While the team at MHG generally agrees that the Unitary Plan represents a significant improvement on the previous planning regimes in Auckland, there is one rule in particular that I can’t for the life of me understand why we kept. This being the gross floor area (GFA) controls in the City Centre.
Floor area ratio rules originated out of New York in 1916, and were created as a way to control the bulk of skyscrapers that were popping up across the city. At the time the city had a problem with large, dominating buildings constructed without setbacks or facade variation, which were restricting the provision of daylight to the street. The main culprit in this case was the Equitable Building, constructed in 1915, with a total floor area of 110,000m² over a 4,000m² site.
Figure 1: The Equitable Building in New York
GFA controls are intended to limit the building bulk in relation to the size of the underlying land parcel. For example, a GFA ratio of 10:1 on a 1,000m² site would permit 10,000m² of building bulk. By combining the total vertical and horizontal limits into a single control, the intent of the GFA rules is to control the total building bulk. By encouraging flexible design and building setbacks to allow more daylight to the street and within the building.
However, those familiar with the Unitary Plan will know that we have several controls within the plan already to control building bulk, particularly the tower setback, plan dimension and outlook controls. This makes it virtually impossible to gain approval for bulky, dominating structures. Further, all new buildings in the City Centre require resource consent approval anyway, with dozens of assessment criteria applicable, mostly relating to streetscape and amenity effects. Council expects and requires a good level of design and visual interest as a minimum to gain resource consent.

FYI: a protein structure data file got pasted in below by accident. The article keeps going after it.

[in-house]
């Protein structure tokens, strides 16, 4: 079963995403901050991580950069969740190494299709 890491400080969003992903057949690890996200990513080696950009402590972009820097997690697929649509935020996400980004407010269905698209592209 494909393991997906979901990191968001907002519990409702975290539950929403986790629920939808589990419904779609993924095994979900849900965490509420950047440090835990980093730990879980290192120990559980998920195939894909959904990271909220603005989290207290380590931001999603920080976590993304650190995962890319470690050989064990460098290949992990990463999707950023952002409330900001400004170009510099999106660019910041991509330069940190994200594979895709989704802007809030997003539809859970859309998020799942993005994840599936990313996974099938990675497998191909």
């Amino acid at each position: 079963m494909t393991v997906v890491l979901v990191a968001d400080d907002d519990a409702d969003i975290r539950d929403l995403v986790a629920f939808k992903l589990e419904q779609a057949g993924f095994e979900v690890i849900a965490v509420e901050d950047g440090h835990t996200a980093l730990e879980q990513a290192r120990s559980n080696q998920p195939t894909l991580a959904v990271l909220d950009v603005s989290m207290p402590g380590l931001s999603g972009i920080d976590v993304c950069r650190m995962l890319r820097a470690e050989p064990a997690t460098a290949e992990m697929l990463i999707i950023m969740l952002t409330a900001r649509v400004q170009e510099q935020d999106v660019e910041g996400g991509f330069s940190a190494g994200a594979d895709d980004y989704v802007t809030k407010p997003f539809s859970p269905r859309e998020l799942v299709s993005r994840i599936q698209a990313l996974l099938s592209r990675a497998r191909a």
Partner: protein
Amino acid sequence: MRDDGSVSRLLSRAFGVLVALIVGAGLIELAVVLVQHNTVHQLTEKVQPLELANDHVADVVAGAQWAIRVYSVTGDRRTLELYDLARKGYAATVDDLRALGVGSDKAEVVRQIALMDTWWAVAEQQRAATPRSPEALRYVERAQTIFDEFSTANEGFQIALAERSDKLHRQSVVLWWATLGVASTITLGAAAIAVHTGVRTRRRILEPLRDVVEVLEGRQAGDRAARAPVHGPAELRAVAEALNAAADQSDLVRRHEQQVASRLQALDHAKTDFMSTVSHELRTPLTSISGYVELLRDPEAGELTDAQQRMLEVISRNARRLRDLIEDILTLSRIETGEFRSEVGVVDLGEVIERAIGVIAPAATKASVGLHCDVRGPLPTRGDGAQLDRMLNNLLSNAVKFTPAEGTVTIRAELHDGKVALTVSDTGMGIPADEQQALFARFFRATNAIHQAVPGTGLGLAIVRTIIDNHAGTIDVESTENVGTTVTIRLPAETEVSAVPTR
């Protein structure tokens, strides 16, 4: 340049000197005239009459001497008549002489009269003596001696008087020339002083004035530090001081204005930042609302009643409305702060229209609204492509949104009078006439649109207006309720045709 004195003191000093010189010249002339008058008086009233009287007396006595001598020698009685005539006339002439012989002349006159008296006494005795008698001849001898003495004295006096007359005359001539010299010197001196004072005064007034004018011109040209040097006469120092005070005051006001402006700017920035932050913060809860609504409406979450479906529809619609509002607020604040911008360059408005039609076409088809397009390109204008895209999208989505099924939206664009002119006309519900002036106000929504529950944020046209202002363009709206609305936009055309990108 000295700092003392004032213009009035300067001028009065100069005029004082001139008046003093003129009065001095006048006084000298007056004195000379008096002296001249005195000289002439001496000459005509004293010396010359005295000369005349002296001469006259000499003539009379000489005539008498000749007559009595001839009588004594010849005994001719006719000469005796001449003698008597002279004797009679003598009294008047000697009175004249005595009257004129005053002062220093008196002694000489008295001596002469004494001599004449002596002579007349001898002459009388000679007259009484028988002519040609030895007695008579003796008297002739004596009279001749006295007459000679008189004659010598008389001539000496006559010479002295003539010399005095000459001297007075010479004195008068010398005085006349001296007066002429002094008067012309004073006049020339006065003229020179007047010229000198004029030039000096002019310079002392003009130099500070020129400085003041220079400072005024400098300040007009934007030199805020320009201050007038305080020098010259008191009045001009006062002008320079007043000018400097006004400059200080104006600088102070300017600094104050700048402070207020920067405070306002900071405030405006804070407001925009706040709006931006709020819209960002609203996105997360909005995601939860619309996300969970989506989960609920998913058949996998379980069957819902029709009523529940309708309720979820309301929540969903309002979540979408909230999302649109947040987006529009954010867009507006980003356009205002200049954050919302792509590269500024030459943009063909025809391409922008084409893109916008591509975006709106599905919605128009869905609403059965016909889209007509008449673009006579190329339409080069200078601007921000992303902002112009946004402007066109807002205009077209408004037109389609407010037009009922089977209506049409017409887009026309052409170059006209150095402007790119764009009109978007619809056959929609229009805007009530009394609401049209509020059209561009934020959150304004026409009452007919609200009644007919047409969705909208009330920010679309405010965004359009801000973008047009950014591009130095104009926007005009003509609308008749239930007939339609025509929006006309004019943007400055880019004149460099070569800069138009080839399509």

Figure 2: City Centre Outlook Control
What are the effects?
This brings us back to the main point of the article – what is the point of the GFA rules? In Auckland, the maximum GFA achievable is 13:1, and even this requires extensive and potentially costly GFA bonuses. This artificially limits the maximum height and area possible in the downtown area, when really we should be asking why there should be a limit on height in the heart of the city at all. Artificially constraining the maximum achievable GFA of buildings limits the development potential of many sites in the city, making them harder and less economic to develop.
Further to this point, we are now seeing many consents approved for exceedance of the GFA rules, both within our office and from other consultancies. Not to mention that no GFA rules exist in other zones, such as the Metropolitan Centre, Town Centre or Mixed Use zones, which were removed from the old legacy plans. To my eye, this is an admission by Council that there are no effects directly related to GFA controls, and that the effects of building bulk can be effectively controlled through other means.
So in conclusion, while the intent behind the City Centre GFA rules is understandable, I believe that these rules are now antiquated, and potentially represent an artificial barrier to development in the heart of town.
Intermediate Planner – Mt Hobson Group